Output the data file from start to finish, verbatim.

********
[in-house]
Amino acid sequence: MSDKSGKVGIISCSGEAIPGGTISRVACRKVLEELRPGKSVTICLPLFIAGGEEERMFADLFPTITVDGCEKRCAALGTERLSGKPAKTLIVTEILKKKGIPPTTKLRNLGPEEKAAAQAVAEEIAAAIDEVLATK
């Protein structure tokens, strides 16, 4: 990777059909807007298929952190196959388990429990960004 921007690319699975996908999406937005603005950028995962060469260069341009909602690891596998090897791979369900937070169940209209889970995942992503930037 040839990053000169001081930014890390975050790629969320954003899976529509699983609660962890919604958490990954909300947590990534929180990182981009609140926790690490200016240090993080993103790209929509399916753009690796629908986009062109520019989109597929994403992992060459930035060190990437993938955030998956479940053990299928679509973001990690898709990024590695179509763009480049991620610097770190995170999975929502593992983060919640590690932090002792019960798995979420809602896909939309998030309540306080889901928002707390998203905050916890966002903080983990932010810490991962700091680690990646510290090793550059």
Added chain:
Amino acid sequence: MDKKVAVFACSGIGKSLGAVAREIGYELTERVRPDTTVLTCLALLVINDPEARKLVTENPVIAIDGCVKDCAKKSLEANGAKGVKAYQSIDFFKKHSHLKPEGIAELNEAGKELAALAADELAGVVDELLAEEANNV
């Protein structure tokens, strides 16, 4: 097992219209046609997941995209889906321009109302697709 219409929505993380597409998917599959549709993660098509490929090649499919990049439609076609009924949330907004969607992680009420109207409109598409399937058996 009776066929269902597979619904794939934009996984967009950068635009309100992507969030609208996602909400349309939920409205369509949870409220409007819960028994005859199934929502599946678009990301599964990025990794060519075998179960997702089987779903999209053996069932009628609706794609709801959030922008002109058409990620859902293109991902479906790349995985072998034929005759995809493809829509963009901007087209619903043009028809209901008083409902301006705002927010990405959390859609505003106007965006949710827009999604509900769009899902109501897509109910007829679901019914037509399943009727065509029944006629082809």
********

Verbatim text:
[in-house]
Amino acid sequence: MSDKSGKVGIISCSGEAIPGGTISRVACRKVLEELRPGKSVTICLPLFIAGGEEERMFADLFPTITVDGCEKRCAALGTERLSGKPAKTLIVTEILKKKGIPPTTKLRNLGPEEKAAAQAVAEEIAAAIDEVLATK
């Protein structure tokens, strides 16, 4: 990777059909807007298929952190196959388990429990960004 921007690319699975996908999406937005603005950028995962060469260069341009909602690891596998090897791979369900937070169940209209889970995942992503930037 040839990053000169001081930014890390975050790629969320954003899976529509699983609660962890919604958490990954909300947590990534929180990182981009609140926790690490200016240090993080993103790209929509399916753009690796629908986009062109520019989109597929994403992992060459930035060190990437993938955030998956479940053990299928679509973001990690898709990024590695179509763009480049991620610097770190995170999975929502593992983060919640590690932090002792019960798995979420809602896909939309998030309540306080889901928002707390998203905050916890966002903080983990932010810490991962700091680690990646510290090793550059």
Added chain:
Amino acid sequence: MDKKVAVFACSGIGKSLGAVAREIGYELTERVRPDTTVLTCLALLVINDPEARKLVTENPVIAIDGCVKDCAKKSLEANGAKGVKAYQSIDFFKKHSHLKPEGIAELNEAGKELAALAADELAGVVDELLAEEANNV
């Protein structure tokens, strides 16, 4: 097992219209046609997941995209889906321009109302697709 219409929505993380597409998917599959549709993660098509490929090649499919990049439609076609009924949330907004969607992680009420109207409109598409399937058996 009776066929269902597979619904794939934009996984967009950068635009309100992507969030609208996602909400349309939920409205369509949870409220409007819960028994005859199934929502599946678009990301599964990025990794060519075998179960997702089987779903999209053996069932009628609706794609709801959030922008002109058409990620859902293109991902479906790349995985072998034929005759995809493809829509963009901007087209619903043009028809209901008083409902301006705002927010990405959390859609505003106007965006949710827009999604509900769009899902109501897509109910007829679901019914037509399943009727065509029944006629082809």